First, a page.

This weeks topic was the stars.
Their are billions of stars in our galaxy and there are billions of galaxies in the universe. There is an unbelievably huge amount of stars out there and the stars are separated by huge distances. How do we measure the distances to the stars?
The closest star to Earth is of course the sun at 1AU. The next nearest star is called Alpha Centauri and is about 4.24 light years away. This means the light from that star takes 4.24 years to reach us. It is a huge distance away from us, over 40 trillion kilometres! Our fastest spacecraft travelling at its top speed would take over 80,000 years to reach it.
Our closest star is actually a triple star system, three stars bound together by gravity. There is Alpha Centauri A and B and Proxima Centauri, shown below,
How do we measure the distance to the stars?
There are a few methods and the most popular is called stellar parallax. This works because we know the diameter of Earth’s orbit around the sun (300 million kilometres). By looking at a star one day and then 6 months later looking at it again an astronomer can see a difference in the viewing angle for the star. With a little trigonometry the different angles yield a distance . This method works for stars less than 400 light years from Earth.
For stars further away the measurement is made through the brightness and its colour spectrum. Once astronomers determine the colour spectrum they can then determine the the star’s actual brightness. By knowing the brightness and comparing it to the apparent brightness seen from Earth they can determine the distance to the star.
Our sun is an average star. Compared to other stars it is tiny, as these graphics illustrate.
It is amazing how huge stars can be!
When studying the star the Hertzsprung Russell diagram is one of the most important. The diagram originated in 1911 by Ejnar Hertzsprung who plotted the absolute magnitude of stars against their colour. Hence their effective temperature. In 1913 Henry Norris Russell used spectral class against absolute magnitude. The result shows the relationship between the temperature and luminosity of the star. A version of the diagram is seen below,
Our sun can be seen in the main sequence about half way along the sequence.
A pulsar (or neutron star) is about 20km in diameter but has the mass of about 1.4 times that of the sun. These stars are so dense that on Earth one teaspoon would weigh a billion tons! They have intense gravity and also magnetic fields a million times stronger than the Earth. Pulsars are a possible end of a star. They result from massive stars about 4-8 times that of the sun. They finish burning their nuclear fuel and undergo a supernova explosion. Outer layers of the star are blown away and what is left in the centre is the remnant collapsed under gravity. It collapses and compresses so much that protons and electrons combine to form neutrons. They are made from almost pure nuclear matter, atomic nuclei packed side by side.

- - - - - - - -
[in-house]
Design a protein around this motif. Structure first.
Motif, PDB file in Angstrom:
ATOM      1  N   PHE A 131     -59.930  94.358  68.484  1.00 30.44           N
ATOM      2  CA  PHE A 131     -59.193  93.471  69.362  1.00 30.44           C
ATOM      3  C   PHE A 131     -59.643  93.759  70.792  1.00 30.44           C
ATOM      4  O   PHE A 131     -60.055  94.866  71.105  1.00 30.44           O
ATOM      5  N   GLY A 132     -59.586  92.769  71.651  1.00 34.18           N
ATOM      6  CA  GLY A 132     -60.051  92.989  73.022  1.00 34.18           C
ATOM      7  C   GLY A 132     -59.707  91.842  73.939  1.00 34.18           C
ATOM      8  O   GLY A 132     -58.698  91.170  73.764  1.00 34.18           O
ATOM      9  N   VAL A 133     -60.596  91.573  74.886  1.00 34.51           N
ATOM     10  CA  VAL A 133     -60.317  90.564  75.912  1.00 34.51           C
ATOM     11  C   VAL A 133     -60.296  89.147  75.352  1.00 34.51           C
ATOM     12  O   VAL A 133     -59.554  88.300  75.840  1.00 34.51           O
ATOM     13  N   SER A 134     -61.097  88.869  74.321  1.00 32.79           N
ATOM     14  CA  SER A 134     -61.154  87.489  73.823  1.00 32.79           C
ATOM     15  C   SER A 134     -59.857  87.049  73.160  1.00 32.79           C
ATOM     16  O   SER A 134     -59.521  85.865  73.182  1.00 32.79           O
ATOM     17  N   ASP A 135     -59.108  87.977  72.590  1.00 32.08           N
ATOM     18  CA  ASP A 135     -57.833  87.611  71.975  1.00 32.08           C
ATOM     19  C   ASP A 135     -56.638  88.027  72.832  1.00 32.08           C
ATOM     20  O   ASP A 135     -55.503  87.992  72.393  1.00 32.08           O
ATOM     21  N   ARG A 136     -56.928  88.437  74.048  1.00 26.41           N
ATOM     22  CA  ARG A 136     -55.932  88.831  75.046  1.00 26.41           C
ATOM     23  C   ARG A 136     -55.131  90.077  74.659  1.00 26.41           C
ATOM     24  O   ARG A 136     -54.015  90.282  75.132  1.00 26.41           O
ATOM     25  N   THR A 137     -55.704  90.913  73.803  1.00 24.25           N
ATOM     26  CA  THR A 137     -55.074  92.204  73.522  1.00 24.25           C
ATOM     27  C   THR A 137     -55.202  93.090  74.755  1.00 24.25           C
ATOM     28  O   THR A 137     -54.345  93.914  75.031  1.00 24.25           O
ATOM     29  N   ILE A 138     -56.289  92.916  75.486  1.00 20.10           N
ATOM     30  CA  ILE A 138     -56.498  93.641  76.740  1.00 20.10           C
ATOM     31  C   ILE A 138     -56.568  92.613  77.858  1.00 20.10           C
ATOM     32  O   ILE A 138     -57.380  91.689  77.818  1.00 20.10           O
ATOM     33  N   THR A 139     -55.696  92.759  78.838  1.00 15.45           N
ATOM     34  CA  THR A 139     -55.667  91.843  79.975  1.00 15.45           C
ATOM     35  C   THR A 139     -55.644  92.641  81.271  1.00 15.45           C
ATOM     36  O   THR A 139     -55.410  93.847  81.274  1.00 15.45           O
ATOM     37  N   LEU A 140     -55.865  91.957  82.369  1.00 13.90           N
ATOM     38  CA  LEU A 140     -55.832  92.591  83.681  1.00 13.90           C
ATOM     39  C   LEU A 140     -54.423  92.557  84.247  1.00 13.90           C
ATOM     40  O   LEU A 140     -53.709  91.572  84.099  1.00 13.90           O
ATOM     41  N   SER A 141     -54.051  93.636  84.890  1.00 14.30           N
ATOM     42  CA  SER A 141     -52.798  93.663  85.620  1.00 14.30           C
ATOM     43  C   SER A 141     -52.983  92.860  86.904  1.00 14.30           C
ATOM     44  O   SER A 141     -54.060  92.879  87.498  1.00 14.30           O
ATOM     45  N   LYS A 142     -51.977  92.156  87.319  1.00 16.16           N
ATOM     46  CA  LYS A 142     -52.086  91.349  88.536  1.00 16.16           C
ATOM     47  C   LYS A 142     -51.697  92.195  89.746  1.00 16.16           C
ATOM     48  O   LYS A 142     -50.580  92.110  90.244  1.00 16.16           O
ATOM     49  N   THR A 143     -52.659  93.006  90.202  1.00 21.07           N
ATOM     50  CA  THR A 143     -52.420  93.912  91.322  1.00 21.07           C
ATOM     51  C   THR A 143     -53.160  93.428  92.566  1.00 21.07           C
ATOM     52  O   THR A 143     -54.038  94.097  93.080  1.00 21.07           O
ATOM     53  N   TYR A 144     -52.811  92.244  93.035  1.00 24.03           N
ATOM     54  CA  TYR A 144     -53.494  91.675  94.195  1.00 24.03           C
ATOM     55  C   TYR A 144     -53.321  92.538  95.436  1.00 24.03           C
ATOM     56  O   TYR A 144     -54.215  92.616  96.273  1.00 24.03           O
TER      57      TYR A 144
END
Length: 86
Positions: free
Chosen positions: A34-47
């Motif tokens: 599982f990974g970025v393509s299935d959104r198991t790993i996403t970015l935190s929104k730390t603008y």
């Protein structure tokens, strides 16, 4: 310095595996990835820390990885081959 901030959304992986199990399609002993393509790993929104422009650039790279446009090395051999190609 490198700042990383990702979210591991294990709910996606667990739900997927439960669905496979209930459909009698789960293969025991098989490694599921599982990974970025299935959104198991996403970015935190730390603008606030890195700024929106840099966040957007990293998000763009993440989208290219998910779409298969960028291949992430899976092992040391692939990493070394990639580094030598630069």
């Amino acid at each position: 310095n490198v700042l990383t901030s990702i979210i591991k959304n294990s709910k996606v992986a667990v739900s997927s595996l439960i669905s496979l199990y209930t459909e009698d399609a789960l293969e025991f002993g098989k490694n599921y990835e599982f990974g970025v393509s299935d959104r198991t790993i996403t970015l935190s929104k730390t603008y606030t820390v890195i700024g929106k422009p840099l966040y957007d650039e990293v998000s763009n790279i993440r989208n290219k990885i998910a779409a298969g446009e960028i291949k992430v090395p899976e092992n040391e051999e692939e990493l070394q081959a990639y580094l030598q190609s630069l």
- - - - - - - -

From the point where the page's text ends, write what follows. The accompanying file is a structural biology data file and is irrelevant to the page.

Pulsars were discovered in 1967 by Jocelyn Bell. They spin rapidly and have jets of fast moving particles almost at the speed of light streaming out above their magnetic poles. The jets produce very powerful beams of light. As the pulsar spins around the jets of light sweep around the star so from Earth we see the light turn on and off, like a lighthouse. A pulsar has been observed within the Crab Nebula, shown below,
The images are from the Einstein X-ray observatory.
Black holes are made from warped space and warped time – nothing else, no matter! The singularity is the point where the surface reaches a point and becomes infinitely warped and where tidal gravitational forces are infinitely strong. Matter gets stretched and squeezed out of existence. Nothing can escape a black hole, not even light.
Black holes can spin, it drags space around it into a vortex type whirling motion. We have not observed a black hole directly but we know they exist thanks to Einstein’s relativistic laws. Properties of black holes have been deduced from Einstein’s equations by many physicists, such as by Stephen Hawking.
Astronomers are certain of a black hole at the centre of the Milky Way galaxy, called Sagittarius A*. Estimates put the diameter at 44 million km and 4.31 million solar masses, it truly is a supermassive black hole! It has not been observed but its influence on nearby objects has been and the logical conclusion is a black hole is exerting the influence.
A massive black hole probably inhabits the centre of nearly every big galaxy. The heaviest yet measured is 17 billion times more massive than the sun.
Inside our galaxy there are roughly 100 million smaller black holes. They are between three and thirty times the mass of the sun. Fortunately there are none in our solar system otherwise it would cause chaos with gravity on Earth. We would be thrown close to the sun and we would last not much longer than one year. The nearest black hole to Earth is estimated to be about 300 light years away.
This was a very interesting week of astronomy! Two more weeks to go of this course. More soon.